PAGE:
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Voluntary lung function screening to reveal new COPD cases in southern Italy

Authors Capozzolo A, Castellana G, Dragonieri S, Carratù P, Liotino V, Vulpi MR, Marra L, Resta E, Intiglietta P, Resta O

Received 7 March 2017

Accepted for publication 8 May 2017

Published 11 July 2017 Volume 2017:12 Pages 2035—2042

DOI https://doi.org/10.2147/COPD.S136357

Checked for plagiarism Yes

Review by Single-blind

Peer reviewers approved by Dr Charles Downs

Peer reviewer comments 2

Editor who approved publication: Dr Richard Russell

Alberto Capozzolo, Giorgio Castellana, Silvano Dragonieri, Pierluigi Carratù, Vito Liotino, Maria Rosaria Vulpi, Lorenzo Marra, Emanuela Resta, Pierluigi Intiglietta, Onofrio Resta

Department of Cardiac, Thoracic, and Vascular Science, Institute of Respiratory Disease, School of Medicine, University of Bari, Bari, Italy

Background: Underdiagnosis of COPD is a relevant issue, and most frequently involves patients at early stages of the disease. Physicians do not routinely recommend smokers to undergo spirometry, unless they are symptomatic.
Aims: To investigate the effectiveness of voluntary lung function screening in bringing to light patients with previously unknown COPD and to evaluate the relationships among symptoms, smoking status, and airway obstruction.
Methods: A voluntary screening study for COPD was conducted during two editions of the annual Fiera del Levante (2014 and 2015), an international trade fair in Bari. Subjects were eligible for the study if they fulfilled the following inclusion criteria: age ≥35 years, smoker/ex-smoker ≥5 pack-years (PYs), or at least one chronic respiratory symptom (cough, sputum production, shortness of breath, and wheezing). A free post-β2-agonist spirometry test was performed by trained physicians for each participant using portable spirometers. Post-β2-agonist forced expiratory volume in 1 second (FEV1):forced vital capacity ratio <0.7 was chosen to establish the diagnosis of COPD. Sensitivity, specificity, and negative and positive predictive values (NPVs and PPVs) of symptoms for the presence of obstruction were calculated.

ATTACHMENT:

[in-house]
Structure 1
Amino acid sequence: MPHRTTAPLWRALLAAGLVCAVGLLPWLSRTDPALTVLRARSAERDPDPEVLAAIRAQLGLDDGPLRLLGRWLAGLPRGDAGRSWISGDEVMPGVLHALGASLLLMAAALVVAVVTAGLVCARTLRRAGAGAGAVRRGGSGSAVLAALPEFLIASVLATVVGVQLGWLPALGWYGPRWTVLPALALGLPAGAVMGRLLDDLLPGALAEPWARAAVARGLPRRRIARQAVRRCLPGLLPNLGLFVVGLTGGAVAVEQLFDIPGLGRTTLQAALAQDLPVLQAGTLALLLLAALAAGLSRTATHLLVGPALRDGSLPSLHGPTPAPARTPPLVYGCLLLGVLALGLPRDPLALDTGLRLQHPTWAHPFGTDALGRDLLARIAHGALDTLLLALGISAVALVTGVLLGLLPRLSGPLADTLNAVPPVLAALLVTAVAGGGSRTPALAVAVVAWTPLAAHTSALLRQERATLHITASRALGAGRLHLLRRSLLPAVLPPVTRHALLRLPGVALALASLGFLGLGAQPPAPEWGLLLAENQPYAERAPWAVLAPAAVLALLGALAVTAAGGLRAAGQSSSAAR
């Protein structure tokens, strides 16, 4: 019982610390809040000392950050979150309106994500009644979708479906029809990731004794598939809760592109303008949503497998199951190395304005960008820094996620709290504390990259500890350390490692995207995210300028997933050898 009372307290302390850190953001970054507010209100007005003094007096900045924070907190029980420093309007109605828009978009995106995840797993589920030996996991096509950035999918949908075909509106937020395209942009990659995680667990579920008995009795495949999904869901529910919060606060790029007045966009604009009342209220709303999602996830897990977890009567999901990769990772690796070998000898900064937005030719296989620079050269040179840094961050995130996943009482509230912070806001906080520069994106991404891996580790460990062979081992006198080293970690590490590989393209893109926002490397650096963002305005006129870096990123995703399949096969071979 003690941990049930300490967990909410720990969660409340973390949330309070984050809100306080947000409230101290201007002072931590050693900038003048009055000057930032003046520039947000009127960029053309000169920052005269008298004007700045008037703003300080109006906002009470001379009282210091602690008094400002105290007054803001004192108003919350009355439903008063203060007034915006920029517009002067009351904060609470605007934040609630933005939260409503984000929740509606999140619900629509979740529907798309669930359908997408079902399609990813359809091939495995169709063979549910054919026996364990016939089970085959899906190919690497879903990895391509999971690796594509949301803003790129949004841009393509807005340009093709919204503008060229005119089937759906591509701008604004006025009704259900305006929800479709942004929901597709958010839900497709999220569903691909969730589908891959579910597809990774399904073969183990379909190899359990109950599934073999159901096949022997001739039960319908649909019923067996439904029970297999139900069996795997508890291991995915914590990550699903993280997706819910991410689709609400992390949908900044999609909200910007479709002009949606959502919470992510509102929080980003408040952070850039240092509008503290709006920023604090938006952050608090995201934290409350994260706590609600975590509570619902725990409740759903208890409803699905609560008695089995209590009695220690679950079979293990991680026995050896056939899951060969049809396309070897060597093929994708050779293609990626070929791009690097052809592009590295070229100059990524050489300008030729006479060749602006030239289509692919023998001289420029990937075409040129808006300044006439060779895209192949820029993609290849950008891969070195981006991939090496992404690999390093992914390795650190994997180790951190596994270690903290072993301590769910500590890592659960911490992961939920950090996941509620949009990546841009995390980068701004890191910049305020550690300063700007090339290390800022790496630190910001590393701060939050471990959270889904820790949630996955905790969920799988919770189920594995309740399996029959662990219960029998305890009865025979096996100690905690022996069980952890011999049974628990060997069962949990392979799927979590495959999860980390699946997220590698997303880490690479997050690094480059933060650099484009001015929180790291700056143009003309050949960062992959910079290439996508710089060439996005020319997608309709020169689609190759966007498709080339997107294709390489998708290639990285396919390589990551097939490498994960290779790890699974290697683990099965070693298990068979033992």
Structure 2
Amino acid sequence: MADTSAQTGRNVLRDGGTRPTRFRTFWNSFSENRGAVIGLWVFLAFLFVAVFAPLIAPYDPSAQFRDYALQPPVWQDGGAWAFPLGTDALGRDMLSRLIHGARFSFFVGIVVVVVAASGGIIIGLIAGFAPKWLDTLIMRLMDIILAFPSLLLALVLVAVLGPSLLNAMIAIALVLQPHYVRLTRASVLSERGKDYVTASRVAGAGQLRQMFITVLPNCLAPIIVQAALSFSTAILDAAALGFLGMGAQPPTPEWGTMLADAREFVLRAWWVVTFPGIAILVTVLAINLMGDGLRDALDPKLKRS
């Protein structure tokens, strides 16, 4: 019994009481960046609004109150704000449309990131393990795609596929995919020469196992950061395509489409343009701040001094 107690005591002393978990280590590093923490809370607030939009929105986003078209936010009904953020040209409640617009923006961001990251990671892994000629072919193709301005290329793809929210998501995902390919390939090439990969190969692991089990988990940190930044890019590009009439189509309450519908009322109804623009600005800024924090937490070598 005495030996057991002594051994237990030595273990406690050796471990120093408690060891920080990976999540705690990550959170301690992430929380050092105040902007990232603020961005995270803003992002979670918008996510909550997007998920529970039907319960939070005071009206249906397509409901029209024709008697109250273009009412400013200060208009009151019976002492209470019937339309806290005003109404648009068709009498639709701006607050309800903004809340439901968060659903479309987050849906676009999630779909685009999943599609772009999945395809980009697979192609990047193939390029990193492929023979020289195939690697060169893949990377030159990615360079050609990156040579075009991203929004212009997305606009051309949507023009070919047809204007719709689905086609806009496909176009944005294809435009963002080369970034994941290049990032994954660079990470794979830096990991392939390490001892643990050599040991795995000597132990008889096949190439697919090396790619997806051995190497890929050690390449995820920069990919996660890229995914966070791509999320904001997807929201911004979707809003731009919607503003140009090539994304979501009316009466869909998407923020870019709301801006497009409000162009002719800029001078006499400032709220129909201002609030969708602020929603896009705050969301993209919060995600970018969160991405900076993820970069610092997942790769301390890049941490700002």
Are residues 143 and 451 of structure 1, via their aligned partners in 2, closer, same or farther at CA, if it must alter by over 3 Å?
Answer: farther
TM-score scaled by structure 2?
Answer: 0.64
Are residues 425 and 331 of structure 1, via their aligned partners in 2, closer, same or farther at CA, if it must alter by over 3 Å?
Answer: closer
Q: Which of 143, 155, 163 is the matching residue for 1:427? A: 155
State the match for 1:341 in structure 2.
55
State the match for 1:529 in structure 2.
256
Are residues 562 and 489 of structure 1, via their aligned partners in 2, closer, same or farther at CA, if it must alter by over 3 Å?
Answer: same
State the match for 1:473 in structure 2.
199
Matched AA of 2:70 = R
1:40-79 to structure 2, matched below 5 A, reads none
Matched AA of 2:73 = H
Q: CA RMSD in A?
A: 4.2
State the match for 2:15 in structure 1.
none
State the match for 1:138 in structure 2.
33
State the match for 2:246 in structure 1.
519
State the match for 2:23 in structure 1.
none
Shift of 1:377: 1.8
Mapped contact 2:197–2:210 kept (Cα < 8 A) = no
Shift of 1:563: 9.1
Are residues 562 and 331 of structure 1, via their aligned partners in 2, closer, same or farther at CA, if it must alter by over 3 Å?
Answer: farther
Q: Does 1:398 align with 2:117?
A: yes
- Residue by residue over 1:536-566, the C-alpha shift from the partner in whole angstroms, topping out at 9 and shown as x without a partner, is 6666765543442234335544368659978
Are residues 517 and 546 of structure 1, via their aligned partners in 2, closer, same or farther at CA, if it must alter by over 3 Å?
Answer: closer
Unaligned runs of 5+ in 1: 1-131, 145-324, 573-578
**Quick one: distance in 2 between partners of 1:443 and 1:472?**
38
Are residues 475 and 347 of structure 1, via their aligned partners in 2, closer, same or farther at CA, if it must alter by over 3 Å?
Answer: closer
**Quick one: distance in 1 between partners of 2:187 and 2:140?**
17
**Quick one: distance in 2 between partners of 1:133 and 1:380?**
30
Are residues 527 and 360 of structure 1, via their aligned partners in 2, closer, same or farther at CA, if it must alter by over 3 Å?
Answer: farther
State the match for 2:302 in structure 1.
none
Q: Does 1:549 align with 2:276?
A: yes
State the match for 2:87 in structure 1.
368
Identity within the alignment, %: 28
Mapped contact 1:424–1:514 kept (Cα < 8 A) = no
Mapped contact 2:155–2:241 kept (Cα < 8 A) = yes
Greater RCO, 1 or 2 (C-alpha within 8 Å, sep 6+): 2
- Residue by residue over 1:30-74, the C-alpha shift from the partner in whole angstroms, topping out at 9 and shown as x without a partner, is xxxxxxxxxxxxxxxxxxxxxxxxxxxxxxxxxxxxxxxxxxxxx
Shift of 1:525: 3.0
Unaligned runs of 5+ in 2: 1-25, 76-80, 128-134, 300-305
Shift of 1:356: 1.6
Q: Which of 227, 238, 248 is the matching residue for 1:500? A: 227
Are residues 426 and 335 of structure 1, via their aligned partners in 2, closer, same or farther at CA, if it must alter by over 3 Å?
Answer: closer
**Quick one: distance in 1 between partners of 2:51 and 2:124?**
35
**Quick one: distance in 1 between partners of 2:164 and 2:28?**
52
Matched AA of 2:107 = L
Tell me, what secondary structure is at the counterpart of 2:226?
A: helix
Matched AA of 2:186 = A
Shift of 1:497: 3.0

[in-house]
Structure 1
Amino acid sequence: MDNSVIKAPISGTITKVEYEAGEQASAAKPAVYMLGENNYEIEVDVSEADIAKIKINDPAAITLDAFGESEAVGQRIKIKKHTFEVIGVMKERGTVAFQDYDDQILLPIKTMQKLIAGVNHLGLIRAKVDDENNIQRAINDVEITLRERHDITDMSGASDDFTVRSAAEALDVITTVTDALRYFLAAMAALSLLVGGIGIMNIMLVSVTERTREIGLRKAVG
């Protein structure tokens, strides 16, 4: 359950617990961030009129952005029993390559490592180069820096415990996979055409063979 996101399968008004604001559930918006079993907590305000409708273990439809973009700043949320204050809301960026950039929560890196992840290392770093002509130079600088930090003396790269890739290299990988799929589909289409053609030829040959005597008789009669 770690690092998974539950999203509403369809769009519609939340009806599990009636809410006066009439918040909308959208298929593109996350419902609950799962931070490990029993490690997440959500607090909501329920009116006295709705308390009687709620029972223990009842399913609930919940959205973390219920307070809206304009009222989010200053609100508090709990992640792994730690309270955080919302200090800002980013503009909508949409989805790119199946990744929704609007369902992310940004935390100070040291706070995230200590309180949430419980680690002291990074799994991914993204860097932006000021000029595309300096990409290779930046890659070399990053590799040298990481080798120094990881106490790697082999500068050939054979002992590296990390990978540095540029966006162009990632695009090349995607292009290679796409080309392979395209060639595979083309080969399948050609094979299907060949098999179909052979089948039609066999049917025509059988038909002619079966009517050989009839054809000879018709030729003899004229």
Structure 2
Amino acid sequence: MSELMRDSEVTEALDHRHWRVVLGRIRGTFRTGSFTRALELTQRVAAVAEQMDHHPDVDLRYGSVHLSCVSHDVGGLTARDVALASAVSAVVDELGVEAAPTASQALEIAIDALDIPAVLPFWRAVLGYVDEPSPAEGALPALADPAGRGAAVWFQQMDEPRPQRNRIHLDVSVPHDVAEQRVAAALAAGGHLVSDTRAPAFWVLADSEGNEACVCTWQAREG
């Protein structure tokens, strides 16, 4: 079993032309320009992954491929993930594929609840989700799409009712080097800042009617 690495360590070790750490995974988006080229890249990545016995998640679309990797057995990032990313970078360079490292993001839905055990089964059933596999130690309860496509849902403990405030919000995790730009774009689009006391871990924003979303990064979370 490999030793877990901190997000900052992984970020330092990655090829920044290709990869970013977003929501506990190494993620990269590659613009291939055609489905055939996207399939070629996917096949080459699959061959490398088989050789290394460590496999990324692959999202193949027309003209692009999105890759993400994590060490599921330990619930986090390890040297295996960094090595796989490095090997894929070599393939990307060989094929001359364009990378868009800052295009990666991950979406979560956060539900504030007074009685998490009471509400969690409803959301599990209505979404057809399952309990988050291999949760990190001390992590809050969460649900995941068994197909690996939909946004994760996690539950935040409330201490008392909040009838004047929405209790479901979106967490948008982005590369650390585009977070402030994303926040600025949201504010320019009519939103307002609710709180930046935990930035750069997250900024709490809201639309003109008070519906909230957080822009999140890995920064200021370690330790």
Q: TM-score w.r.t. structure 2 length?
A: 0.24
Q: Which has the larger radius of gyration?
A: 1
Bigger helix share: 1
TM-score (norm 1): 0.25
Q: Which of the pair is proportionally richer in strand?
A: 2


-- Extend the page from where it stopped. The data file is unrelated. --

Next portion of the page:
Results: A total of 1,920 individuals were eligible for the study; 188 subjects (9.8%) met COPD criteria. There was a 10.4% prevalence of COPD in subjects with one or more symptoms who had never smoked or smoked ≤5 PYs. Among COPD patients, prevalence of symptoms increased in the presence of FEV1 <80%. COPD smokers were more symptomatic than smokers without COPD. Sensitivity and specificity in all subjects with one or more symptoms were 87% and 32%, respectively, whereas in smoker subgroups, sensitivity and specificity were 71% and 41% (≥5 PYs) and 74% and 35% (≥10 PYs), respectively. In all subjects, the presence of at least one symptom was associated with a low PPV for COPD of 11%, but a very high NPV (96%). These data did not change if the analysis was limited to smokers.
Conclusion: Voluntary public lung function screening programs in Italy are effective, and may detect a large number of undiagnosed subjects with COPD in early stages. In our population, COPD symptoms had low specificity and PPV, even considering smokers only.

Keywords: COPD underdiagnosis, COPD early stages, screening, spirometry

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